element by fibrous connective tissue. On removal from the root canal, the
pulp has the characteristic appearance of a leathery fiber.
Various forms of pulp calcifications
are found within the pulp which may
be located in the pulp chamber or in
the root canals. It can occur in any sex
and in any teeth in the dental arch.
They can be seen in forms of pulp
stones, pulp denticles and pulp
There is no clear-cut etiology. There is
no relation between pulpal
inflammation and irritation, as that
arising from caries or trauma, since pulp
calcification can be found in unerupted
teeth. Extremely high percentage of
pulp stones yield pure growth of
streptococci on culture but often the
affected teeth are normal.
SEQUELS OF PULPITIS If none of the irritating products of pulp necrosis
reach the periapical tissue, then no periapical
pathos is induced.
(no treatment applied)
through root canal
An abscess is a localized
collection of pus, surrounded
by an area of inflamed tissue
in which hyperemia and
infiltration of leucocytes is
Periapical abscess is a
localized collection of pus in
the alveolar bone, at the root
apex of a tooth, following
death of the pulp.
It develops in the periapical region of the
tooth as sequelae to necrosis of pulp. Pain
is severe and of throbbing type.
Periapical abscess may confine to osseous
structures and during the early period of
abscess formation, may cause excruciating
pain without observable swelling. The
patient may appear pale, irritable and
weak from pain, loss of sleep as well as
from absorption of septic products. He may
have slight fever (99 to 100°F).
Patients experience sensitivity or pressure
in the affected area. Ice relives the pain and
heat intensifies it aspiration yield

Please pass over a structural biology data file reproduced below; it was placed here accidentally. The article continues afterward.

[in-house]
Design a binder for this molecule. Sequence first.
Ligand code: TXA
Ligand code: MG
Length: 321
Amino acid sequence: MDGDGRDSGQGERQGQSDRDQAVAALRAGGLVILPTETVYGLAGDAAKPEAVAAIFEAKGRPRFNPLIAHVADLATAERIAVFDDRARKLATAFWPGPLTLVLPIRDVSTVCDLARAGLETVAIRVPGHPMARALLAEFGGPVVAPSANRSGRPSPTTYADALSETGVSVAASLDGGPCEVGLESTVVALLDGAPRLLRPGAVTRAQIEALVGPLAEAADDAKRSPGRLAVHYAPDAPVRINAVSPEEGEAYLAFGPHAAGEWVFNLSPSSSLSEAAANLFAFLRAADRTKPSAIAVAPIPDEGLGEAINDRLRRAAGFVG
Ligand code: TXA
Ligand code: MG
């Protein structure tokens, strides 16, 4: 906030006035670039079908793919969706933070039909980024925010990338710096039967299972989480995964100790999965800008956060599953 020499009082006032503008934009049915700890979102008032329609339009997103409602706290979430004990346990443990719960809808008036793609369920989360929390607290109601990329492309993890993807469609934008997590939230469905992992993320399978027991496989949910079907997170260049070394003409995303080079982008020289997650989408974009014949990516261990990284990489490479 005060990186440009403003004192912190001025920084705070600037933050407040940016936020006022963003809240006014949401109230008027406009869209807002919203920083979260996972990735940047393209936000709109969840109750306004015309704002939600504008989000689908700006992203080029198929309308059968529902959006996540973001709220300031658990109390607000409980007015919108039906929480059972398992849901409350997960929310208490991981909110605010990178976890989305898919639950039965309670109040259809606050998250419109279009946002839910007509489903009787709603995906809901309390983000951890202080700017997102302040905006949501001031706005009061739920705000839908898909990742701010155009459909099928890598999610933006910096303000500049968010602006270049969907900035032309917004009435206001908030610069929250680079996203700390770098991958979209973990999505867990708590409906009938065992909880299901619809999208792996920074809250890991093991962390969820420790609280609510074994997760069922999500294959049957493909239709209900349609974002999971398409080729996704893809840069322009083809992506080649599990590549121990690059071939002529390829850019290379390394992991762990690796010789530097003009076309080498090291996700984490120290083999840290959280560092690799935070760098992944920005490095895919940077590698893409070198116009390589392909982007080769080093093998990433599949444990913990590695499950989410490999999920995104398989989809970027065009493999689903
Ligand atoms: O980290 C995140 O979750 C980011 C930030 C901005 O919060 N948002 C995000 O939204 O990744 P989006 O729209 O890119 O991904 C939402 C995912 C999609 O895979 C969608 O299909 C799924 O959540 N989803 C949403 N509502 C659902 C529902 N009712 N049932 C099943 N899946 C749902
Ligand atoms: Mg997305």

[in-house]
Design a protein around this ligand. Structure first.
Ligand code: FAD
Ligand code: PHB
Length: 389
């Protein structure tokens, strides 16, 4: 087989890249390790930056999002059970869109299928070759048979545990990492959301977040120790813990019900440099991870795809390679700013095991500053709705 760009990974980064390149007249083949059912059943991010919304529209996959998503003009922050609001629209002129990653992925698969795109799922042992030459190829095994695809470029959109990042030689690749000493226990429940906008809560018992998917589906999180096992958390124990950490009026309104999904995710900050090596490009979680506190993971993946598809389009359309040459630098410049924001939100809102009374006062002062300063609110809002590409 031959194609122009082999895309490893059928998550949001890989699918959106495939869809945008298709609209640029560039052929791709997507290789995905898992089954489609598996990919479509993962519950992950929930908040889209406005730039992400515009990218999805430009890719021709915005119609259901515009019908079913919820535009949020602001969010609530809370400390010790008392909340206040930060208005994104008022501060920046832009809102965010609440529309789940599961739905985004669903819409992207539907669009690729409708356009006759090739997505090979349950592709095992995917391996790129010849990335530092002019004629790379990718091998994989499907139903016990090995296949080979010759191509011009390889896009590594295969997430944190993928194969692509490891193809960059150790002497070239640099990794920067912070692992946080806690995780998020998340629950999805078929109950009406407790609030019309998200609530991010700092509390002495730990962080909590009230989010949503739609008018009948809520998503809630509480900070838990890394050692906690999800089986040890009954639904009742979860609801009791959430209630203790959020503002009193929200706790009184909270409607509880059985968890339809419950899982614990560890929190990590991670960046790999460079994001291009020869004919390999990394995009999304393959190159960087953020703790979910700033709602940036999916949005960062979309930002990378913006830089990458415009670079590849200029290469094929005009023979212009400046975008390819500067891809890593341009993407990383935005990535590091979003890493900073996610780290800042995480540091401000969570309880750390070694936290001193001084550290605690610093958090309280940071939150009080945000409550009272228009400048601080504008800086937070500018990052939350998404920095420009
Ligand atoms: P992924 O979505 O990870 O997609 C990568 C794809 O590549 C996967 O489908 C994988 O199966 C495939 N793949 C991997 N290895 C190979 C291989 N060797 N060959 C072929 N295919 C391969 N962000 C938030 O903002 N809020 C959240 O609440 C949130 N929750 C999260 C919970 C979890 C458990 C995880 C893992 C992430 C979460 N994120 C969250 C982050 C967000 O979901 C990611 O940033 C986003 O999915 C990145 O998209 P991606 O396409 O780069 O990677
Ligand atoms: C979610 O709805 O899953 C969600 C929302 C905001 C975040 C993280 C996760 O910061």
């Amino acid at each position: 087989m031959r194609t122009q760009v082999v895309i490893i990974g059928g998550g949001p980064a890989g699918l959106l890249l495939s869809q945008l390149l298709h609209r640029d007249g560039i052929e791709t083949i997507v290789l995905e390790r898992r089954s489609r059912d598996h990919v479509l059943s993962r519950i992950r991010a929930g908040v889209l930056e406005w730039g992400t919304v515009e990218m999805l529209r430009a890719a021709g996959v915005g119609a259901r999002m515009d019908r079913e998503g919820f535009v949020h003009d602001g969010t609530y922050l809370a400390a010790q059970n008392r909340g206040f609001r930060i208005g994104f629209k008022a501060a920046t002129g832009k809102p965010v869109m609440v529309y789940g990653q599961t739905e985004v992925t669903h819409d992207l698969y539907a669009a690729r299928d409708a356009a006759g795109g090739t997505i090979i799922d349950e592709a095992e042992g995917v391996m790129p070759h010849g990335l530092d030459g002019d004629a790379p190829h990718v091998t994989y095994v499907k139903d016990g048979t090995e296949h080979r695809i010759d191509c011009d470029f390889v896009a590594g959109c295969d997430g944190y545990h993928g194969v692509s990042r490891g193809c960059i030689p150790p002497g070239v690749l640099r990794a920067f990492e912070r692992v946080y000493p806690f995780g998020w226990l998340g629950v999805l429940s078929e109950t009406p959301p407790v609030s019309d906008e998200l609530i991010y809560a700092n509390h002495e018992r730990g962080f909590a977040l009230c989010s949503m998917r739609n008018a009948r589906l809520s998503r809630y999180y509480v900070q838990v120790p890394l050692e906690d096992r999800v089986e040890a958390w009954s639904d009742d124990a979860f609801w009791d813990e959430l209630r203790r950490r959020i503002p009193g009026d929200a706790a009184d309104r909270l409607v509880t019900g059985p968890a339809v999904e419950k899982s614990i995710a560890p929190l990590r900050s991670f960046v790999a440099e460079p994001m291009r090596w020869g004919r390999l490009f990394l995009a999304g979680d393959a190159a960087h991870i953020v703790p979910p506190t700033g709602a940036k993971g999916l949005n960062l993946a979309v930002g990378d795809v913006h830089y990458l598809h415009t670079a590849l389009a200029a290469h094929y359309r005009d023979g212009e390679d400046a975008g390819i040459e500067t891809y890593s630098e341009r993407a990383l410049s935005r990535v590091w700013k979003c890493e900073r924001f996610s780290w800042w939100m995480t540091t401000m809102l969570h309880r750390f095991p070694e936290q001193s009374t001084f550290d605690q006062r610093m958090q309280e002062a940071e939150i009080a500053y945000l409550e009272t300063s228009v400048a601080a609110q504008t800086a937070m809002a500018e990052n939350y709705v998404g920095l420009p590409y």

yellowish pus. The tooth becomes more
painful, appears elongated and mobile.
Establish drainage immediately, if possible — may be done
by opening the pulp chamber and passing file through the
canal into the periapical region.
Antibiotics like Penicillin 500 mg, qid, for 5 days and
analgesics should be given. In 24 to 48 hours, it can be
determined if the tooth can be treated endodontically or
extraction is necessary.
Dry socket (alveolar osteitis) is a painful dental
condition that sometimes happens after you
have a permanent adult tooth extracted. Dry
socket is when the blood clot at the site of the
tooth extraction fails to develop, or it dislodges
or dissolves before the wound has healed.
Exposure of the underlying bone and nerves
results in intense pain, not only in the socket but
also along the nerves radiating to the side of
your face. The socket becomes inflamed and
may fill with food debris, adding to the pain. If
you develop dry socket, the pain usually begins
one to three days after your tooth is removed.
Dry socket is the most common complication
following tooth extractions, such as the removal
of third molars (wisdom teeth).
Clinical features & causes
Signs and symptoms
Severe pain within a few days after a tooth extraction
Partial or total loss of the blood clot at the tooth
extraction site, which you may notice as an empty-
looking (dry) socket
Visible bone in the socket
Pain that radiates from the socket to your ear, eye,
temple or neck on the same side of your face as the
Bad breath or a foul odor coming from your mouth
Unpleasant taste in your mouth
Causes and risk factors
Bacterial contamination of the socket
Trauma at the surgical site from a difficult extraction,
as with an impacted wisdom tooth
Smoking and tobacco use.
Improper at-home care.
Having dry socket in the past.
Tooth or gum infection.
It is composed of dense fibrous tissue
and is situated at the periapex of
pulpless tooth, in which usually
Confined in the periapical area, which
leads to accumulation of chronic
inflammatory cells. Young fibroblasts,
endothelial cells and capillaries
proliferate, which lead to granuloma
formation. After endodontic treatment,
the granuloma resolves, but in some
cases, granulation tissue gets slowly
organized with the production of more
and more collagen fibers, which in
turn leads to scar formation.
of apical scar
It occurs usually after
endodontic treatment and in
patients treated by periapical
curettage or root resection. It is
more common in anterior region
of maxilla. Tooth is nonvital and
the patient is asymptomatic.
Periapical scar (fibrous scar)
Removal of polyp
Cleansing root canals and disinfecting
Placing intracanal medicament
RCT (root canal therapy)
Removing pulp partially (coronal) or